Millie Plotkin, MLS
Schaumberg, K., Welch, E., Breithaupt, L. E., Hubel, C., Baker, J. H., Munn-Chernoff, M. A., . . . Bulik, C. M. (2017). The science behind the Academy for Eating Disorders' Nine Truths About Eating Disorders. European Eating Disorders Review, 25(6), 432-450.
In 2014, Dr. Cynthia Bulik presented a talk titled “9 Eating Disorders Myths Busted” talk at the National Institute of Mental Health (NIMH) Alliance for Research Progress meeting. The following year, the Academy for Eating Disorders (AED) and several international advocacy organizations used this presentation as the basis for a document called “Nine Truths About Eating Disorders”: https://www.aedweb.org/learn/publications/nine-truths. The purpose of the Nine Truths is to combat ongoing stereotypes and misinformation about the causes and seriousness of eating disorders. This document has been translated into thirty languages for world-wide dissemination.
This article, coauthored by Dr. Bulik, presents a review of the research supporting the Nine Truths. Each Truth is broken down into smaller headings, with an overview of the relevant articles. They are then given “confidence ratings” (low, moderate, or high) based on the strength of the evidence. The authors also make suggestions for future research that may help to fill in the gaps of low confidence. A set of supplementary materials provide a more detailed analysis of the reference articles.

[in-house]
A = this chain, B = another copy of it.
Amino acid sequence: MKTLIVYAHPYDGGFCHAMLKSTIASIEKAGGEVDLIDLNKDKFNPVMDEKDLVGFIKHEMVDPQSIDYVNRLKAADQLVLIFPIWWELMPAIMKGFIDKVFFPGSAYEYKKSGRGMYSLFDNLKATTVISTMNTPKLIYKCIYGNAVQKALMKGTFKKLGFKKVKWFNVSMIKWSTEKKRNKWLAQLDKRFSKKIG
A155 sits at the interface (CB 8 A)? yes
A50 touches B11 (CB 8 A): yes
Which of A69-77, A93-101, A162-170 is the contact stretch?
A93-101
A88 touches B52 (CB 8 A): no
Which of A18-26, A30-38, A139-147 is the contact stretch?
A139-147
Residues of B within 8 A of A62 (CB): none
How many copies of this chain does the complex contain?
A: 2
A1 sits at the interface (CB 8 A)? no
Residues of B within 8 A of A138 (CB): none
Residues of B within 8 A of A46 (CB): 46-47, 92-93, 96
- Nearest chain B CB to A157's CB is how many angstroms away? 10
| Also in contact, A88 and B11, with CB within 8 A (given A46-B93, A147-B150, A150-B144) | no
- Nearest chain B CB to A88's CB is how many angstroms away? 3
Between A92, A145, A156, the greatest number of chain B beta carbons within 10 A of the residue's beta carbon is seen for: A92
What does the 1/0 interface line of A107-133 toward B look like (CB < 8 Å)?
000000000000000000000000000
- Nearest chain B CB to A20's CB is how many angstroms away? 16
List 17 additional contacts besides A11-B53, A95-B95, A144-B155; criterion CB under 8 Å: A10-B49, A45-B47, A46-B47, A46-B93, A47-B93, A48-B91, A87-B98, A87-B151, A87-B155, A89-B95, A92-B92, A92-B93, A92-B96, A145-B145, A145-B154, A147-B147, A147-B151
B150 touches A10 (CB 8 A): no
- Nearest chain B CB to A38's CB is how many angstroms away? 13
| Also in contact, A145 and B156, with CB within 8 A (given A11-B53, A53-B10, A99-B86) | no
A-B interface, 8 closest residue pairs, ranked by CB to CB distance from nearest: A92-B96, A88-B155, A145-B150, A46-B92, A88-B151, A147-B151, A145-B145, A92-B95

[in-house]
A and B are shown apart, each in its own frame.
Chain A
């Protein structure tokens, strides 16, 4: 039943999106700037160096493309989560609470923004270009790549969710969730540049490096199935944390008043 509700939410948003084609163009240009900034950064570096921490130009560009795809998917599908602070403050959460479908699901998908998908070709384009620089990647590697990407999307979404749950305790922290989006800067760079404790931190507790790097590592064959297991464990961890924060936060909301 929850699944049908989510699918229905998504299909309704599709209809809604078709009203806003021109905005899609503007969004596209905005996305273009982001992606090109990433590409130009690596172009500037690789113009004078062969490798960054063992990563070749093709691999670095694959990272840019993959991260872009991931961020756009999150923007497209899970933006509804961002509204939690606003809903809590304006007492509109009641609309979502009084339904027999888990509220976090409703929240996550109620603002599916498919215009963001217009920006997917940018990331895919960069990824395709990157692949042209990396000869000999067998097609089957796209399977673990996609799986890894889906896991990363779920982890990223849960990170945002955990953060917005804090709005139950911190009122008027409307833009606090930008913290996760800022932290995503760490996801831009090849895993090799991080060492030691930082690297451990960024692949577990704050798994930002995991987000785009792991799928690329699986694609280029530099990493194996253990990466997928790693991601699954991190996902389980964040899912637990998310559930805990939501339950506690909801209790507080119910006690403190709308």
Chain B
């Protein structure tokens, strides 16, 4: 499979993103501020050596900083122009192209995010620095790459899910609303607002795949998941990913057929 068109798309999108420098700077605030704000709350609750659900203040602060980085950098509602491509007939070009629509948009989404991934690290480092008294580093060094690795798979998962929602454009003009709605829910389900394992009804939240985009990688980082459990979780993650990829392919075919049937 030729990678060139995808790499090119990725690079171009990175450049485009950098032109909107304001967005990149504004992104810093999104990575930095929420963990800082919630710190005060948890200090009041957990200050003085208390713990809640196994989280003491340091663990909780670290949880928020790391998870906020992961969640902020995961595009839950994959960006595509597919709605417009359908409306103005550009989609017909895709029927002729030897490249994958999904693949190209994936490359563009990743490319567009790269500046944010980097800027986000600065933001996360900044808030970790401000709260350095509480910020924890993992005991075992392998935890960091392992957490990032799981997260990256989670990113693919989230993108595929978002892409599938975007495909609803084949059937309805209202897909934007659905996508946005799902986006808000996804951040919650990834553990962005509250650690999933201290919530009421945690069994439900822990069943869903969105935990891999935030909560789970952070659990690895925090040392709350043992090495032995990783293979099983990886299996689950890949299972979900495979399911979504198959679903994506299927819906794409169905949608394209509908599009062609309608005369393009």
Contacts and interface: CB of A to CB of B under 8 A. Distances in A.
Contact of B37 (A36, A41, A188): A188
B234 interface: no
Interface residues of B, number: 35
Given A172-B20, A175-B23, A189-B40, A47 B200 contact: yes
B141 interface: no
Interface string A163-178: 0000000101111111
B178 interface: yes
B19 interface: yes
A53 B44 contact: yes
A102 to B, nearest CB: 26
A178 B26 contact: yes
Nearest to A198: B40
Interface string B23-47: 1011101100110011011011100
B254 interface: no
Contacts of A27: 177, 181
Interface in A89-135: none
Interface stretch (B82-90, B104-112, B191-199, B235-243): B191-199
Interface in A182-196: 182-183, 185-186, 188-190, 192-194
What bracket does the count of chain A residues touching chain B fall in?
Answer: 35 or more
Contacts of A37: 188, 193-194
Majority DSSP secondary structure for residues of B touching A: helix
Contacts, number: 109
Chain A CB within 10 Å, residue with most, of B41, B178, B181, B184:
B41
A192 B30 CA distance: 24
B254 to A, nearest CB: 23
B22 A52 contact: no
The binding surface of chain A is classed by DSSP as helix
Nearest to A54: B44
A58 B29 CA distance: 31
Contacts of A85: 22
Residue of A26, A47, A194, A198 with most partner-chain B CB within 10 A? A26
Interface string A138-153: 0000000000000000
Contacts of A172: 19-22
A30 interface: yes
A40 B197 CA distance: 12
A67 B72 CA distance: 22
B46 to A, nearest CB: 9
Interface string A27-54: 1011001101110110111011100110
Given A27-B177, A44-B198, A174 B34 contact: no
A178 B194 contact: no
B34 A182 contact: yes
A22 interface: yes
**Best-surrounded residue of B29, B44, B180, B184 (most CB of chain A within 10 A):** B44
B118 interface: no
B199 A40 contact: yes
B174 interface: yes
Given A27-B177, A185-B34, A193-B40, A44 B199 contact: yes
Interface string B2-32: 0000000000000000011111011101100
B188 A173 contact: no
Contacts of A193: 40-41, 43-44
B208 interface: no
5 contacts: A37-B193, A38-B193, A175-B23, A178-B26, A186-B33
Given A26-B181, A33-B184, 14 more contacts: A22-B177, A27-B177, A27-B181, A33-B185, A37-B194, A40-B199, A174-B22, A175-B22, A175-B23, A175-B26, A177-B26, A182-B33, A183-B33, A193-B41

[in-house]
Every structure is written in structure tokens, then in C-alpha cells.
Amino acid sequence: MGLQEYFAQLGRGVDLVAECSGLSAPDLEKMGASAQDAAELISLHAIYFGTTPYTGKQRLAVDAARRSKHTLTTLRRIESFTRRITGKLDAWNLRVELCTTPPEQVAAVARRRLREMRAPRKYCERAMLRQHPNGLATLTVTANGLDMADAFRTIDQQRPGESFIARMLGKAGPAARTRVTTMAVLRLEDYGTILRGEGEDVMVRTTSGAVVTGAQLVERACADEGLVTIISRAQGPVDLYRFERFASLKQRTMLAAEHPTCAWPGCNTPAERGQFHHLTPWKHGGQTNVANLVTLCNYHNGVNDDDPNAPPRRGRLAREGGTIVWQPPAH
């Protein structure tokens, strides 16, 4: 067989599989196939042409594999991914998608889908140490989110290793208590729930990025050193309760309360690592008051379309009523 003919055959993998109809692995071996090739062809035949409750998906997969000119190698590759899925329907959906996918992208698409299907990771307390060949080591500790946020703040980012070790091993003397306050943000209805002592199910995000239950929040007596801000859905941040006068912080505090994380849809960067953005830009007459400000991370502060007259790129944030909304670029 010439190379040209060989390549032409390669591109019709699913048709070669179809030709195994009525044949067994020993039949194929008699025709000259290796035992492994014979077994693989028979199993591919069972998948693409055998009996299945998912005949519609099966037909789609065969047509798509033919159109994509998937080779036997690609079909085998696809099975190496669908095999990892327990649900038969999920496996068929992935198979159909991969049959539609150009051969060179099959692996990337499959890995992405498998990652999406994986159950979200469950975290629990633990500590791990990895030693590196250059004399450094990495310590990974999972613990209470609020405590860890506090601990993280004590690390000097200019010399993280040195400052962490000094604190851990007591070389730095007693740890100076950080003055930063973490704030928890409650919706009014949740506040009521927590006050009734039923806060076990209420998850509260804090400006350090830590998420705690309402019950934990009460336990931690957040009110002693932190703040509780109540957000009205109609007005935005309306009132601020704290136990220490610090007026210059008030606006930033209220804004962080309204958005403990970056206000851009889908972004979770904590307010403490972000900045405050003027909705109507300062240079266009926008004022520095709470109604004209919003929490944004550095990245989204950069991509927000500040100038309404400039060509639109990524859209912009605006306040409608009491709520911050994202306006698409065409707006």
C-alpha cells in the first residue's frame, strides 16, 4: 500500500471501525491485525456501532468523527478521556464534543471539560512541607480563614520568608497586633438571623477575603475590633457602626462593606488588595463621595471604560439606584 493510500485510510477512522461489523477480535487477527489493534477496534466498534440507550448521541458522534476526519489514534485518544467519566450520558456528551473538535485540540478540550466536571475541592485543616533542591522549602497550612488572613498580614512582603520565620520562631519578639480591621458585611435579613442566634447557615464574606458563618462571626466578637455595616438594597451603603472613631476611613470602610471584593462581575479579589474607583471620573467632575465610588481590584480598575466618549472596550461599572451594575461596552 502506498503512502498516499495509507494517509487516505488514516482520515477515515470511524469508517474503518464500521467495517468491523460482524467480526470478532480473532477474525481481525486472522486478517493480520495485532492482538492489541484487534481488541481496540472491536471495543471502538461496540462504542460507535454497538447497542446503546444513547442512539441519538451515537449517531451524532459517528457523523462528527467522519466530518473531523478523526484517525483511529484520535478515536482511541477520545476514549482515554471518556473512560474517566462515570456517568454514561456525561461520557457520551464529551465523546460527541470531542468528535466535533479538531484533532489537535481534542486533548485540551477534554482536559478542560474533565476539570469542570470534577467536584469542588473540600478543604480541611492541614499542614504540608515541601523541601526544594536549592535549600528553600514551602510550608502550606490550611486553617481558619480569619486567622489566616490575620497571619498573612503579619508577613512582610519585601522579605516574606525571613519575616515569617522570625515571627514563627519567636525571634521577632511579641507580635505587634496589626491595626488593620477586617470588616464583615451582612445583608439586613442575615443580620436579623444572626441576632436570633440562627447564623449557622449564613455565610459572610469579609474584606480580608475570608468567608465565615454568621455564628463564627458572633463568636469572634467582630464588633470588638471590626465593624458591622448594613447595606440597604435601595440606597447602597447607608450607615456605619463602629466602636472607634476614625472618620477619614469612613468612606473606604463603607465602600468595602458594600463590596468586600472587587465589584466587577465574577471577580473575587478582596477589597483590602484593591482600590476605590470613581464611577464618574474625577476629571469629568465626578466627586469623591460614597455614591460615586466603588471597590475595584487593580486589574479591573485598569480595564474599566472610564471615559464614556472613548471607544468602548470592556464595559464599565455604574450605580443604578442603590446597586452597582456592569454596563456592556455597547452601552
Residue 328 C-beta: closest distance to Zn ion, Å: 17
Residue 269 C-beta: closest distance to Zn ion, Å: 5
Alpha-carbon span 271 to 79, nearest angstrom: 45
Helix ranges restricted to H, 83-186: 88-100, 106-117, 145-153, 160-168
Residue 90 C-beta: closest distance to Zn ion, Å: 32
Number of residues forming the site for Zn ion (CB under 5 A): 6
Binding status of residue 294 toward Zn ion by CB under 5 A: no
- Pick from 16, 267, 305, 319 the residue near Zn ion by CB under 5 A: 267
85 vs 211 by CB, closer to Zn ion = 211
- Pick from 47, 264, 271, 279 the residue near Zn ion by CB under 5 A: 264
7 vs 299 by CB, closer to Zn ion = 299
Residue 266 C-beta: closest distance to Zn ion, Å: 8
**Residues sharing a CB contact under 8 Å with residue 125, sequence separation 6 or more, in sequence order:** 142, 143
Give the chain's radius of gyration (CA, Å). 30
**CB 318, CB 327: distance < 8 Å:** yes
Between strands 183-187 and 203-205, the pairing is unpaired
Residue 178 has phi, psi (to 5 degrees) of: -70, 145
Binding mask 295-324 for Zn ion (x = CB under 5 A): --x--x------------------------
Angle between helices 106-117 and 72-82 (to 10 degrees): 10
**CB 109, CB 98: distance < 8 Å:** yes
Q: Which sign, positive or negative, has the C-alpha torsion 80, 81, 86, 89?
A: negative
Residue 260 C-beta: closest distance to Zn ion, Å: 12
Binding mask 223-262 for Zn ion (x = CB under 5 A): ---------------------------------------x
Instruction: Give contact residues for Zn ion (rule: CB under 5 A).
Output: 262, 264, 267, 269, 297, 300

Why is this important?
Stigma and stereotypes present barriers to diagnosis and treatment throughout the mental health field. Patients and families often hesitate to reach out for help, for fear of being blamed and shamed for their illnesses. Inadequately trained health professionals may be relying on outdated ideas about who is affected by eating disorders, leading to delays in intervention. Fighting the still-prevalent myths with as an easy-to-understand set of statements helps to educate the public and policymakers. It is important to have evidence to back up these statements, especially when trying to educate those who may be skeptical or set in their archaic beliefs. In addition, recognizing that some of the evidence is not as strong as we would hope gives transparency to advocacy efforts and presents opportunities for further research.